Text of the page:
Cities cannot be truly sustainable unless they are “living” and connected to nature, says Dr Rachel Armstrong, who explores the relationship between compost and architecture
The greatest challenge to our near-future cities is in how we can grasp the full potential within our buildings to create a new relationship with the natural world, so we are not merely depleting resources and polluting our environment with toxic waste, but purifying and enriching it.
If we are to embody truly sustainable environments in our cities, then we need to establish a positive, new relationship between soils and architecture. This is not a call for more primitive lifestyles, but to establish the need for modern infrastructures and processes that promote regenerative and life-giving systems.
This may sound like a far-future scenario, but this kind of functional transformation already exists in the natural technology of the soil.
While solutions do not need to be invented, their specific context requires architectural consideration. Indeed, soils may actually be artificially produced and incorporated within the fabric of our buildings, and many of these approaches are, almost universally, applicable across a breadth of architectural styles, property types and geographic locations. So, communities may adopt them without sacrificing historical traditions and cultural identities.
The near-future transition we need to make in sustainable thinking is to reconnect with the complex technology of soils
While we have recently been wooed by ideas of “green” architectures, our growing penchant for greenery is provoking crises in conservation, since they cannot be sustained without harvesting rare bog soils from irreplaceable ecosystems.
The near-future transition we need to make in sustainable thinking is to reconnect with the complex technology of soils, which act as integrating infrastructures on an architectural scale that enable the free flow of elemental systems such as air, water, heat and matter through their bodies. Applying the technology of soils within buildings may make better use of our waste water and organic matter, and enable us to grow native, not transplanted, greenery.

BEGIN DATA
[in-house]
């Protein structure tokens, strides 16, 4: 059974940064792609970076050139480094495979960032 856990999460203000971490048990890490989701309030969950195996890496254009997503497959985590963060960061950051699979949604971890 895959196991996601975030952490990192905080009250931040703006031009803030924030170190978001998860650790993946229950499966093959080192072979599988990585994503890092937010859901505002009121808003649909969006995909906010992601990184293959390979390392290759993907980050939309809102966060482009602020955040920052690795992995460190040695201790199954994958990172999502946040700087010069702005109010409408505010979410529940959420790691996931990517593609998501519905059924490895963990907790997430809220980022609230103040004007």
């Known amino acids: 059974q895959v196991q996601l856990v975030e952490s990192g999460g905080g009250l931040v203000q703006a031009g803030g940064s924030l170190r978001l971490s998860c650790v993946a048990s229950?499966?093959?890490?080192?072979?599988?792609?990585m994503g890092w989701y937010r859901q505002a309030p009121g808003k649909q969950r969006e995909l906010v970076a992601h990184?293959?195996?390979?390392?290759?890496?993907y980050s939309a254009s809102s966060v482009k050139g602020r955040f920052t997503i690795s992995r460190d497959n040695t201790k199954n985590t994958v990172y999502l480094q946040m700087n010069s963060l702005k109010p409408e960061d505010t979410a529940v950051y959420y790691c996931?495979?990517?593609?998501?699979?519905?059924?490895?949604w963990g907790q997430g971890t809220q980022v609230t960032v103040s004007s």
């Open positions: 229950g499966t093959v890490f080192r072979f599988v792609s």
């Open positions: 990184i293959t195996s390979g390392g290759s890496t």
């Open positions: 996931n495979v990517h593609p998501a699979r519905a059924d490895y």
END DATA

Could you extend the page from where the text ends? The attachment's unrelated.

Such activity could take place invisibly in existing architectural spaces that are under-imagined. Currently, cavity-wall insulation is filled with inert materials, such as fiberglass and foams, which perform no useful functions other than to trap insulating air. Yet, Astudio architects are researching how these same spaces may become sites of soil production through domestic composting practices.
Earth can act as filters for purifying waste water, transforming organic matter into heat and passive spaces into physiologically active sites, fitted with units that recycle organic waste and water. For everyday situations, composting produces comfortable, slow-release chemical energy that could be controlled by simply letting more or less air into the system. In an emergency, these units may increase our survival should our grid systems fail, as well as increase the city’s resilience to withstand and recover from potentially catastrophic assaults.
Composting is growing in popularity. Armed with “red wrigglers”, a species of worm, New Yorkers have started a composting revolution where organic waste is turned into nutritious soil.
Yet waste matter may be transformed and applied in different ways too, using different techniques and technologies. The winners of the Bill and Melinda Gates concept challenge to redefine the toilet have developed systems for transforming human waste into electricity with microwaves, recycling urine to flush or turning excrement into charcoal.
In case you worry about what these innovations will look like, the Philips Microbial Home Probe project proposes a series of luxurious products where the house of the future is viewed as a biological ecosystem capable of filtering, processing and recycling what would normally be considered as waste.
Rather than following the modernist obsession for sterility, Philips proposes a new relationship with micro-organisms to run our homes and invite them in to produce methane fuel for cooking and lighting. For example, a bio light is proposed using bacterial bioluminescent lighting, an urban beehive to combat the decrease in insect pollinators, a bio-digester island, biological larder, a plastic waste up-cycler and a filtering squatting toilet.
Our near-future cities will have a much richer infrastructure than today. They will sustain living communities of biological and chemical agents that will function like soils and be monitored through “smart” sensors. They may be beautiful items or invisibly woven into the building fabric to make more efficient use of resources. Yet these radical solutions are also compatible with our diverse needs and lifestyles. Ultimately, they will transform our biologically desert-like urban environments into fertile, bio-diverse ones.
Dr Rachel Armstrong, senior lecturer and 2010 senior technology, entertainment and design (TED) fellow at the University of Greenwich, School of Architecture, Design and Construction, is a medical doctor who focuses on the wellbeing of communities in the built environment.